Joint Reapportionment Committee

May 28, 1997, Richmond

The Joint Reapportionment Committee oversees preparations for redistricting and coordinates the Commonwealth's work with the Census Bureau to provide census population reports and maps used in the redistricting process. The committee convened its first meeting to look ahead to the 2000 census and redistricting process and to hear reports on the status of the present congressional redistricting litigation.

Congressional Litigation and Redistricting

Representatives from the Attorney General's office reported that the Commonwealth has filed its appeal with the United States Supreme Court seeking reversal of the District Court decision in Moon v. Meadows, which held that the Third Congressional District is unconstitutional. The ACLU, which joined the Commonwealth in defending the present plan, filed its jurisdictional statement before May 30. Plaintiffs have 30 days to file a response.

The Supreme Court reviews the substance of the request for an appeal. It can decide to hear the appeal or summarily affirm the District Court decision. [The Court rejected the Commonwealth's appeal and affirmed the District Court ruling on Friday, June 27. The Court announced its ruling without a written opinion.]

Staff reported that the 1990s redistricting computer system is being maintained for use in drawing congressional plans and that up-to-date local precinct lines are being incorporated in the redistricting system to the extent possible. Thus if redistricting is required, new plans could follow current precinct lines, which should ease the administration of elections and reduce voter confusion. The plans would be based on the 1990 census population data.

The committee noted that Supreme Court opinions are expected by the end of this term in cases from Georgia and Florida. These court decisions may give some indication of how the court might rule on the Virginia appeal and some guidance on the rules to be followed if congressional districts are redrawn.

The Court announced its decision in the Georgia congressional district case on June 19. The Court, by a 5-4 majority, affirmed a federal district court's redistricting plan for Georgia that reduced the number of majority black districts from three to one (of that state's 11 congressional districts).

On June 25, the Court, by a 5-4 majority, affirmed the twenty-first Florida Senate district earlier approved by the Federal District Court.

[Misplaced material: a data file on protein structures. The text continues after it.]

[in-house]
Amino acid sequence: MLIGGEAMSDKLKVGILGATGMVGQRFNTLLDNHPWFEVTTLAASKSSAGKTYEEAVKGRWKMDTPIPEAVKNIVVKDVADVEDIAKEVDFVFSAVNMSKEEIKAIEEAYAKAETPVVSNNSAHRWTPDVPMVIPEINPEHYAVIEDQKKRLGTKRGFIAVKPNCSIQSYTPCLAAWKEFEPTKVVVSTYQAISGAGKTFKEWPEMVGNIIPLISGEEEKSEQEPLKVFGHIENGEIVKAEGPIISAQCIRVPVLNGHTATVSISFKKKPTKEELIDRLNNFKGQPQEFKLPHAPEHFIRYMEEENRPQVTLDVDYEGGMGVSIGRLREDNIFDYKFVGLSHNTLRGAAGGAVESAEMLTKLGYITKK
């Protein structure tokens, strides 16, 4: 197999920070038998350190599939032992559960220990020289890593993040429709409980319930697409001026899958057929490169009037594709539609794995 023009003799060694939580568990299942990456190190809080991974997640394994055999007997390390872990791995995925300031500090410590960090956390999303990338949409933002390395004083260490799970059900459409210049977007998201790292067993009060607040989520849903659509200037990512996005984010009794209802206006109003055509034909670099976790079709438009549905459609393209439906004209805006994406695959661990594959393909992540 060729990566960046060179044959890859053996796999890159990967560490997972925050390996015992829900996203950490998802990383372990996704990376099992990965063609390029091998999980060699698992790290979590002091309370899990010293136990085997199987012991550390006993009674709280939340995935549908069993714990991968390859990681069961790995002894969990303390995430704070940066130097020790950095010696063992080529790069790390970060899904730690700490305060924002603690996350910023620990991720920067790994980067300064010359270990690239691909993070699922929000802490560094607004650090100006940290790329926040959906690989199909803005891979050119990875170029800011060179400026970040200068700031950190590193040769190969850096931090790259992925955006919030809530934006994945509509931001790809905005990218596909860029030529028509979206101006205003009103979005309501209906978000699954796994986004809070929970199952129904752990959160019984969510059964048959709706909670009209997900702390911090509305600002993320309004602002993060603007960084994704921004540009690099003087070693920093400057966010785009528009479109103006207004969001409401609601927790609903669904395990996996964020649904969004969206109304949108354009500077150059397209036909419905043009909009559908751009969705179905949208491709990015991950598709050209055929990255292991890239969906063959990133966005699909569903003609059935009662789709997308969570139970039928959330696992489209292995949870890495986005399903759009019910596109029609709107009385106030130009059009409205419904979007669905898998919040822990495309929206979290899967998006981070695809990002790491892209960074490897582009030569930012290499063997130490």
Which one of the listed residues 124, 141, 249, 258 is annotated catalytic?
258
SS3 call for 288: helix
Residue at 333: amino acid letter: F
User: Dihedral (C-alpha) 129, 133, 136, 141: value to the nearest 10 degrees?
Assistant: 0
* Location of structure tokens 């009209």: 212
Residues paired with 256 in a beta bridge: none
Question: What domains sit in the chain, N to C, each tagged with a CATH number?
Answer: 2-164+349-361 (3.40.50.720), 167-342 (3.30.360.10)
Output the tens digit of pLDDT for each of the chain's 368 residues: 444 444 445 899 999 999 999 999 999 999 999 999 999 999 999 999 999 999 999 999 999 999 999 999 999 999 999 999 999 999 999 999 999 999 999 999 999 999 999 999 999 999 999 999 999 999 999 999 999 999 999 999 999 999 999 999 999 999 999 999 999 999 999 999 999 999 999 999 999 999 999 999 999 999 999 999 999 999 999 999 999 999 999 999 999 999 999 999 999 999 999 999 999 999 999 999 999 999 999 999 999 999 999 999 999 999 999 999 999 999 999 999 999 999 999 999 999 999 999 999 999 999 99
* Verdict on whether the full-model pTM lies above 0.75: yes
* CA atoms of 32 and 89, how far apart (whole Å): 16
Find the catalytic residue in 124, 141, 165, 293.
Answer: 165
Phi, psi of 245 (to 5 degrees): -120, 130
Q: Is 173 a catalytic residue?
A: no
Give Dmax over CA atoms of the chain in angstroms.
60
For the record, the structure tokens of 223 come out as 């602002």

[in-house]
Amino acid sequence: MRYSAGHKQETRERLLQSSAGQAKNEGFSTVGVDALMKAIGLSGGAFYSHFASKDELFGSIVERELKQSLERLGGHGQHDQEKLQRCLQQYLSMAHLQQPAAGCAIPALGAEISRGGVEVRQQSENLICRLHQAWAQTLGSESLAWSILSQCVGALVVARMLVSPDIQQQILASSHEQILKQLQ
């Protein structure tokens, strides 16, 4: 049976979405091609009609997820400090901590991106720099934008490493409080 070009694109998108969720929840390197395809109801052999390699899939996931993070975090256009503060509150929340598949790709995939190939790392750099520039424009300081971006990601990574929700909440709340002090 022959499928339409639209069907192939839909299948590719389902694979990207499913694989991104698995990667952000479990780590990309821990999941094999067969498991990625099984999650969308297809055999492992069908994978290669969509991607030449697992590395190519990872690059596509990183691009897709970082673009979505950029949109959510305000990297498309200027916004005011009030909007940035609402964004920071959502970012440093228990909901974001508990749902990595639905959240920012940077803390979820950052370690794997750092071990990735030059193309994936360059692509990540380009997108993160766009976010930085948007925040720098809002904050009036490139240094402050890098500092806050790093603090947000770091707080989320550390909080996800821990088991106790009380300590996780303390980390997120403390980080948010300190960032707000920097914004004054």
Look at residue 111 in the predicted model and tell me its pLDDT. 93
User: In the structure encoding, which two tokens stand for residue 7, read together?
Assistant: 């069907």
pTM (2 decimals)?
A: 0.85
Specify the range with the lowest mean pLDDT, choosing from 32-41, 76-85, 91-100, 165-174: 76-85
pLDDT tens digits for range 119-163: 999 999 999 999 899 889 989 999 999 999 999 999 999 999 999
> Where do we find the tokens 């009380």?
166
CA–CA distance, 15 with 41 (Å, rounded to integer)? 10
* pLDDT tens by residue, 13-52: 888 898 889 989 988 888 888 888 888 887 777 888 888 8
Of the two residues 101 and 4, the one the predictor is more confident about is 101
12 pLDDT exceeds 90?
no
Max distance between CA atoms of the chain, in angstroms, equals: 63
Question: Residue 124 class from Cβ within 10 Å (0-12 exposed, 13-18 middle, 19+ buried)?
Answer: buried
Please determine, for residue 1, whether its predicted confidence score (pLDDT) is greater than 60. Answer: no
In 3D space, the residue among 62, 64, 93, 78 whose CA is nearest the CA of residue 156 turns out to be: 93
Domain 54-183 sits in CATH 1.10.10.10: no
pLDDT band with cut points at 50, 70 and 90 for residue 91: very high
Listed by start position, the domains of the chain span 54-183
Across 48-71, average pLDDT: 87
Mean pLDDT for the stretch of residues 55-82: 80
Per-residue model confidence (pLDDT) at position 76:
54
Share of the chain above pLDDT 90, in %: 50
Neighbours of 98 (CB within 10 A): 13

The committee will review these developments with staff and the Attorney General's office representatives at a future meeting.

Preparations for the 2001 Redistricting

Phase I: Census Data Programs - Block Boundaries (1995-1997). Staff reported that Virginia has proceeded to cooperate with the Census Bureau in Phase I for the 2000 census pursuant to authorization by the Governor and the General Assembly leadership. This Block Boundary Suggestion Program (BBSP) work is the first step to assure that the blocks shown on the 2000 census maps and used to report population statistics will be compatible with Virginia precincts and districts.

Phase II: Census Data Programs - Precinct Boundaries (1998-1999). Phase II will permit participating states to identify the precinct lines to be shown on census maps and to obtain population statistics for each precinct. Virginia participated in Phase II for the 1990 census. The committee agreed to recommend to the Governor and General Assembly leadership that Virginia participate in Phase II for the 2000 Census.

1998-2000 Budget Request

Costs associated with Phase II of the Census Redistricting Data Program, the Reapportionment Task Force meetings sponsored by the National Conference of State Legislatures, and staff training and research are estimated to be $152,500 for the first year of the biennium.

It is too early to develop precise cost estimates for replacing obsolete computer hardware and software for the 2001 redistricting. The 1988-1990 budget directed the Joint Reapportionment Committee to develop cost estimates and "submit specific budget requirements for the second year of the biennium" to the money committee chairs "no later than December 1, 1988." The committee adopted a motion to support a request for $152,500 for the first year of the 1998-2000 biennium and budget language to have the committee prepare cost estimates for the second year of the biennium by December 1, 1998.

Local Precincts

In the 1980s the General Assembly passed legislation to freeze precinct lines from July 1, 1988, through the redistricting process until June 1, 1991. The lines were frozen so that the precinct lines given to the Census Bureau during Phase II in 1988 and 1989 would remain in place for use in redistricting as shown in the census maps and statistical reports.

Staff recommended that the committee consider legislation for introduction at the 1998 Session to freeze precinct lines beginning September 1, 1998. The committee endorsed this recommended precinct freeze and directed staff to prepare legislation for introduction in the 1998 Session and to advise localities of the committee's action and give advance notice of the legislation.

The Honorable Marian Van Landingham, Chair
Legislative Services contact: Mary Spain